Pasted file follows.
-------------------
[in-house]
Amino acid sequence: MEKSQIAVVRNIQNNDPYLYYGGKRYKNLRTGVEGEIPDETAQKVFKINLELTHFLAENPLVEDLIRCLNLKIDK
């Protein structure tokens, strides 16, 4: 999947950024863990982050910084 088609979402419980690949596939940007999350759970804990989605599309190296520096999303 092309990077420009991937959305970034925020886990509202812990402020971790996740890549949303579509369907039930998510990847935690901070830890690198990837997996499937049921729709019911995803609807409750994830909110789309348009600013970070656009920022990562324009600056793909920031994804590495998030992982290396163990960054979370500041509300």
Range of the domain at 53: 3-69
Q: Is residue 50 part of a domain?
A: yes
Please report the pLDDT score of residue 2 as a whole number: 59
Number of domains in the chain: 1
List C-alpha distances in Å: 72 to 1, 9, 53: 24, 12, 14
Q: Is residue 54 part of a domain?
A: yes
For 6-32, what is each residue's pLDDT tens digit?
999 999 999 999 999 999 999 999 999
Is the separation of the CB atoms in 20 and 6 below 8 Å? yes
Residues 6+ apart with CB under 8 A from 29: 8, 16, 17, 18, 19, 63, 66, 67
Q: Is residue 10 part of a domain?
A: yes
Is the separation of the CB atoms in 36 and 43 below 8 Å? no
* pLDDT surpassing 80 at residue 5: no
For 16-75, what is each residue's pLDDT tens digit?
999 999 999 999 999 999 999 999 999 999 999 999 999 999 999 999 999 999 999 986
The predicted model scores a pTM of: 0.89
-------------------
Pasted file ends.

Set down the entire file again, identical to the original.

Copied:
[in-house]
Amino acid sequence: MEKSQIAVVRNIQNNDPYLYYGGKRYKNLRTGVEGEIPDETAQKVFKINLELTHFLAENPLVEDLIRCLNLKIDK
């Protein structure tokens, strides 16, 4: 999947950024863990982050910084 088609979402419980690949596939940007999350759970804990989605599309190296520096999303 092309990077420009991937959305970034925020886990509202812990402020971790996740890549949303579509369907039930998510990847935690901070830890690198990837997996499937049921729709019911995803609807409750994830909110789309348009600013970070656009920022990562324009600056793909920031994804590495998030992982290396163990960054979370500041509300």
Range of the domain at 53: 3-69
Q: Is residue 50 part of a domain?
A: yes
Please report the pLDDT score of residue 2 as a whole number: 59
Number of domains in the chain: 1
List C-alpha distances in Å: 72 to 1, 9, 53: 24, 12, 14
Q: Is residue 54 part of a domain?
A: yes
For 6-32, what is each residue's pLDDT tens digit?
999 999 999 999 999 999 999 999 999
Is the separation of the CB atoms in 20 and 6 below 8 Å? yes
Residues 6+ apart with CB under 8 A from 29: 8, 16, 17, 18, 19, 63, 66, 67
Q: Is residue 10 part of a domain?
A: yes
Is the separation of the CB atoms in 36 and 43 below 8 Å? no
* pLDDT surpassing 80 at residue 5: no
For 16-75, what is each residue's pLDDT tens digit?
999 999 999 999 999 999 999 999 999 999 999 999 999 999 999 999 999 999 999 986
The predicted model scores a pTM of: 0.89